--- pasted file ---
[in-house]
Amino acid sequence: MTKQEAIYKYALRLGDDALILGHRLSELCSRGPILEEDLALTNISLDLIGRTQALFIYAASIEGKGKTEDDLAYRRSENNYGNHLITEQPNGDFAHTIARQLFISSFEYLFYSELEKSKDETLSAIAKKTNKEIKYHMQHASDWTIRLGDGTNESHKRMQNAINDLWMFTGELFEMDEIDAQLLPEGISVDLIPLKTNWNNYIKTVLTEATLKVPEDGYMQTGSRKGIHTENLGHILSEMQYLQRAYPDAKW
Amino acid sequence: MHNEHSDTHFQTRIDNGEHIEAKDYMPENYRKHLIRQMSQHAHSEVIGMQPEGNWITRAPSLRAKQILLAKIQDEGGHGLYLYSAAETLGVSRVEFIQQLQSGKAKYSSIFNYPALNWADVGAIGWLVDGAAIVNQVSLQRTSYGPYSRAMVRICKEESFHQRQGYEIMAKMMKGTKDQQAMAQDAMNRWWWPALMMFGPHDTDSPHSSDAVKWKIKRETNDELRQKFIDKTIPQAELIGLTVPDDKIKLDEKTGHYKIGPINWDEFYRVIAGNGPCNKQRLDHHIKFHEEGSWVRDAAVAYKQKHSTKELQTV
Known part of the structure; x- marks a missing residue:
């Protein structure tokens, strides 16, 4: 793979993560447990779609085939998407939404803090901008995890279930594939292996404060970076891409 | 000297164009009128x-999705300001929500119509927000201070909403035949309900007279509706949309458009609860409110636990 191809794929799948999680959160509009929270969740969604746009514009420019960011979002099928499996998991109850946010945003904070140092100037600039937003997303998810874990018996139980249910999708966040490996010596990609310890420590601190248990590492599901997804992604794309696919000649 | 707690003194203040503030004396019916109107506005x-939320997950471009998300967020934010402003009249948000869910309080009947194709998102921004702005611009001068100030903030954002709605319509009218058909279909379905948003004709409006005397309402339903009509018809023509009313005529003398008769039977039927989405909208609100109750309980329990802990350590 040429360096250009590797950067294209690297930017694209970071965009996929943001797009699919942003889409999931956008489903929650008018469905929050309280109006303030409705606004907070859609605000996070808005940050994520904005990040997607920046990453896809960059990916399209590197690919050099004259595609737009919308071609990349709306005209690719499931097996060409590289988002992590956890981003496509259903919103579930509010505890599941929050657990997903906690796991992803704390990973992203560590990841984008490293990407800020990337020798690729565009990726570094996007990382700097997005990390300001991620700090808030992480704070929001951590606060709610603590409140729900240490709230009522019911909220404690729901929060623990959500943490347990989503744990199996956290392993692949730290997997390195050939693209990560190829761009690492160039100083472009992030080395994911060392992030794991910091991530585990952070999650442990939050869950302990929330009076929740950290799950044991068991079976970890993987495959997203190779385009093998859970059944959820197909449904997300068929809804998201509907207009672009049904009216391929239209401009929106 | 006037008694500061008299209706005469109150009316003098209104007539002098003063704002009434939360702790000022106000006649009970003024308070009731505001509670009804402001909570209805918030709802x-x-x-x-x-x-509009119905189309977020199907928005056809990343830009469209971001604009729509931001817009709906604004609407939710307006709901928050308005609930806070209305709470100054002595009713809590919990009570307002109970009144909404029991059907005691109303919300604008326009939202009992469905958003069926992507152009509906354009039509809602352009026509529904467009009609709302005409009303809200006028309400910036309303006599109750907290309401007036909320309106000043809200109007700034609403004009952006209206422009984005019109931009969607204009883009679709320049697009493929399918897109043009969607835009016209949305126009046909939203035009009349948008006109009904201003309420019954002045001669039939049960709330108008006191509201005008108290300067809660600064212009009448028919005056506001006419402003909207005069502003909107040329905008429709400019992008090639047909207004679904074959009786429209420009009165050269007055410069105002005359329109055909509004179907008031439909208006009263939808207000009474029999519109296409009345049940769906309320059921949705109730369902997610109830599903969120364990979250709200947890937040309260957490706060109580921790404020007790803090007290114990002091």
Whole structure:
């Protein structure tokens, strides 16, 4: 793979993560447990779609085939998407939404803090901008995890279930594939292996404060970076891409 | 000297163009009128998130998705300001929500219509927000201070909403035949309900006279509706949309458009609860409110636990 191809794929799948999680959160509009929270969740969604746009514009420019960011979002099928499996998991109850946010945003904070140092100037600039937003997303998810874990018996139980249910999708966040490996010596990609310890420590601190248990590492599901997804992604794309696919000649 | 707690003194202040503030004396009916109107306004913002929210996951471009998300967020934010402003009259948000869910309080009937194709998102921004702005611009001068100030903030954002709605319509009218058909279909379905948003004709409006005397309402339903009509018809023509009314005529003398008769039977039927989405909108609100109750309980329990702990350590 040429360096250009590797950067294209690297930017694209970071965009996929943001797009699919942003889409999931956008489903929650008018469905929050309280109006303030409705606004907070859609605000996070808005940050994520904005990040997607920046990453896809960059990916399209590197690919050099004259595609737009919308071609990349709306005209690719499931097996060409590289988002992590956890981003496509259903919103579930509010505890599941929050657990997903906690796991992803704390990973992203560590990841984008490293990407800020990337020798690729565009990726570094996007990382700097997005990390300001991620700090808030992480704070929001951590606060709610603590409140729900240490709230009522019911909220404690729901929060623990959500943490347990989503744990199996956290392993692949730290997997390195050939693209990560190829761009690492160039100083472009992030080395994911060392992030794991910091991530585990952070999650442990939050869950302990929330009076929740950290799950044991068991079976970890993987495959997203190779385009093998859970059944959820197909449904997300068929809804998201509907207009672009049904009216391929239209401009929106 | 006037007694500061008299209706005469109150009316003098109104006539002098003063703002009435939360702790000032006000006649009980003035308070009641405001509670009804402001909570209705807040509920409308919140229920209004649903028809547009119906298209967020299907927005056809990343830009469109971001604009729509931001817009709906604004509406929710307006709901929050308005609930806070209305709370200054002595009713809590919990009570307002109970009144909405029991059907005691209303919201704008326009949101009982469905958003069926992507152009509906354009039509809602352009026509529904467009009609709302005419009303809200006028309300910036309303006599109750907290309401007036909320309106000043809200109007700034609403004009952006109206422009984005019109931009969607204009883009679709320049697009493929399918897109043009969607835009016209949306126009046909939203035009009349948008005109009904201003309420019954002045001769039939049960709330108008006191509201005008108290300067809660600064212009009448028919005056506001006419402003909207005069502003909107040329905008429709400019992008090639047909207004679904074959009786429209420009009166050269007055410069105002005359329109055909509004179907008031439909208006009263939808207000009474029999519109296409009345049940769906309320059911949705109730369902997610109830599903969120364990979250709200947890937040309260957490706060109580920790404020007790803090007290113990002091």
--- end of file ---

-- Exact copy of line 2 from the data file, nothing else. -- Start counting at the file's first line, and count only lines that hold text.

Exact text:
Amino acid sequence: MTKQEAIYKYALRLGDDALILGHRLSELCSRGPILEEDLALTNISLDLIGRTQALFIYAASIEGKGKTEDDLAYRRSENNYGNHLITEQPNGDFAHTIARQLFISSFEYLFYSELEKSKDETLSAIAKKTNKEIKYHMQHASDWTIRLGDGTNESHKRMQNAINDLWMFTGELFEMDEIDAQLLPEGISVDLIPLKTNWNNYIKTVLTEATLKVPEDGYMQTGSRKGIHTENLGHILSEMQYLQRAYPDAKW